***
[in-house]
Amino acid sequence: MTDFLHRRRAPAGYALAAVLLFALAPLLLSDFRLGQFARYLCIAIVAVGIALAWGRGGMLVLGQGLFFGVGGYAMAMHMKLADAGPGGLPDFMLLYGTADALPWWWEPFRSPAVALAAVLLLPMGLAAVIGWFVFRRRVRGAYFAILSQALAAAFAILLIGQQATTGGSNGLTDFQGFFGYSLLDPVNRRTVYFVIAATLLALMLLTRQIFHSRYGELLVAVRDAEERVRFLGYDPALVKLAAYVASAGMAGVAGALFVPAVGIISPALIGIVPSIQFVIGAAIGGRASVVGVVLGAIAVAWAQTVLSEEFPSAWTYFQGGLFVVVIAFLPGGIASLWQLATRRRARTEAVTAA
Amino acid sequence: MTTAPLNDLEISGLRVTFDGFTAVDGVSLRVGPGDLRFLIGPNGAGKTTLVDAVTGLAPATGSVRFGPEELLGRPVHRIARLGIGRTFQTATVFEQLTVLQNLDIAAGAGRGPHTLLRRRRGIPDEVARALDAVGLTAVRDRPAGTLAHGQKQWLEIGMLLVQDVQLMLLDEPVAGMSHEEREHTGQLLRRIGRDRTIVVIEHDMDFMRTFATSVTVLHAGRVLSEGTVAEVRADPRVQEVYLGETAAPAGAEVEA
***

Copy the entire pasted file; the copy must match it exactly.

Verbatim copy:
[in-house]
Amino acid sequence: MTDFLHRRRAPAGYALAAVLLFALAPLLLSDFRLGQFARYLCIAIVAVGIALAWGRGGMLVLGQGLFFGVGGYAMAMHMKLADAGPGGLPDFMLLYGTADALPWWWEPFRSPAVALAAVLLLPMGLAAVIGWFVFRRRVRGAYFAILSQALAAAFAILLIGQQATTGGSNGLTDFQGFFGYSLLDPVNRRTVYFVIAATLLALMLLTRQIFHSRYGELLVAVRDAEERVRFLGYDPALVKLAAYVASAGMAGVAGALFVPAVGIISPALIGIVPSIQFVIGAAIGGRASVVGVVLGAIAVAWAQTVLSEEFPSAWTYFQGGLFVVVIAFLPGGIASLWQLATRRRARTEAVTAA
Amino acid sequence: MTTAPLNDLEISGLRVTFDGFTAVDGVSLRVGPGDLRFLIGPNGAGKTTLVDAVTGLAPATGSVRFGPEELLGRPVHRIARLGIGRTFQTATVFEQLTVLQNLDIAAGAGRGPHTLLRRRRGIPDEVARALDAVGLTAVRDRPAGTLAHGQKQWLEIGMLLVQDVQLMLLDEPVAGMSHEEREHTGQLLRRIGRDRTIVVIEHDMDFMRTFATSVTVLHAGRVLSEGTVAEVRADPRVQEVYLGETAAPAGAEVEA